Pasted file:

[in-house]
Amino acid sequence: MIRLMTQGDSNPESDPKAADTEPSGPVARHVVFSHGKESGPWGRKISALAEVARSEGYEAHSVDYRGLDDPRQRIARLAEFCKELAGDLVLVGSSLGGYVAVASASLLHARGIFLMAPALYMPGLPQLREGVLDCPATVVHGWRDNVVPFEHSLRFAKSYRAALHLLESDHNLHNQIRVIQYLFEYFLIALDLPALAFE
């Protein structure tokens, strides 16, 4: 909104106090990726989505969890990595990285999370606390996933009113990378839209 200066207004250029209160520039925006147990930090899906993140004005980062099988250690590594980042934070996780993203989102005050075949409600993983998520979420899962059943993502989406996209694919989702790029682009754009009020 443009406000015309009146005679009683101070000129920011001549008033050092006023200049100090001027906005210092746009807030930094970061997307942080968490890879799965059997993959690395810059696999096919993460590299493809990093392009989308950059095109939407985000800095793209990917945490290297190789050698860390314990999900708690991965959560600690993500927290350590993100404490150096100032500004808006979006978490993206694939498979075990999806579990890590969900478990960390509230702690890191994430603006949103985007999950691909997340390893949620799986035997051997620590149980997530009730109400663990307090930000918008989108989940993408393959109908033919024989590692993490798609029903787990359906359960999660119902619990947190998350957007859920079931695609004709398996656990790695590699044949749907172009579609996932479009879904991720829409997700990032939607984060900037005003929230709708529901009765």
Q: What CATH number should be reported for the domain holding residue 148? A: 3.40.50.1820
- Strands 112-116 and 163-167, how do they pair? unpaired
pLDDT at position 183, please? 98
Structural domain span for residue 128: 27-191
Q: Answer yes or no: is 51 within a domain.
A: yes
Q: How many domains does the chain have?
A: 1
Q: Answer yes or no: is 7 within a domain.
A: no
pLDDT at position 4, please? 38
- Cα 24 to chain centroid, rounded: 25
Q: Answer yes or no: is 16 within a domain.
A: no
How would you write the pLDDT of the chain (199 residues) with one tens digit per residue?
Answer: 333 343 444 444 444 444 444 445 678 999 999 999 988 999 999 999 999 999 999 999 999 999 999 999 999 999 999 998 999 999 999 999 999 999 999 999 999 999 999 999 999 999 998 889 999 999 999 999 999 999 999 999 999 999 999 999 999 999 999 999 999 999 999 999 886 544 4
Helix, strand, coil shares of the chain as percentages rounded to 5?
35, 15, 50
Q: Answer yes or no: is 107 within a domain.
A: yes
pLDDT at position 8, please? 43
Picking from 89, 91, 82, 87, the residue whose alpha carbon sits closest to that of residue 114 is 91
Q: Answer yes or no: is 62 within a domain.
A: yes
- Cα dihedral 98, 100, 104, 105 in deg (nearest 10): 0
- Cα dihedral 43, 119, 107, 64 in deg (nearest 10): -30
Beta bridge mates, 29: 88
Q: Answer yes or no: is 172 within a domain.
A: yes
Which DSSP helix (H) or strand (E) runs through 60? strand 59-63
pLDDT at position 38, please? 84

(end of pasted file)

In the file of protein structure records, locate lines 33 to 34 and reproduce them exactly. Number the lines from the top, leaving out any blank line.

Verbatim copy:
Which DSSP helix (H) or strand (E) runs through 60? strand 59-63
pLDDT at position 38, please? 84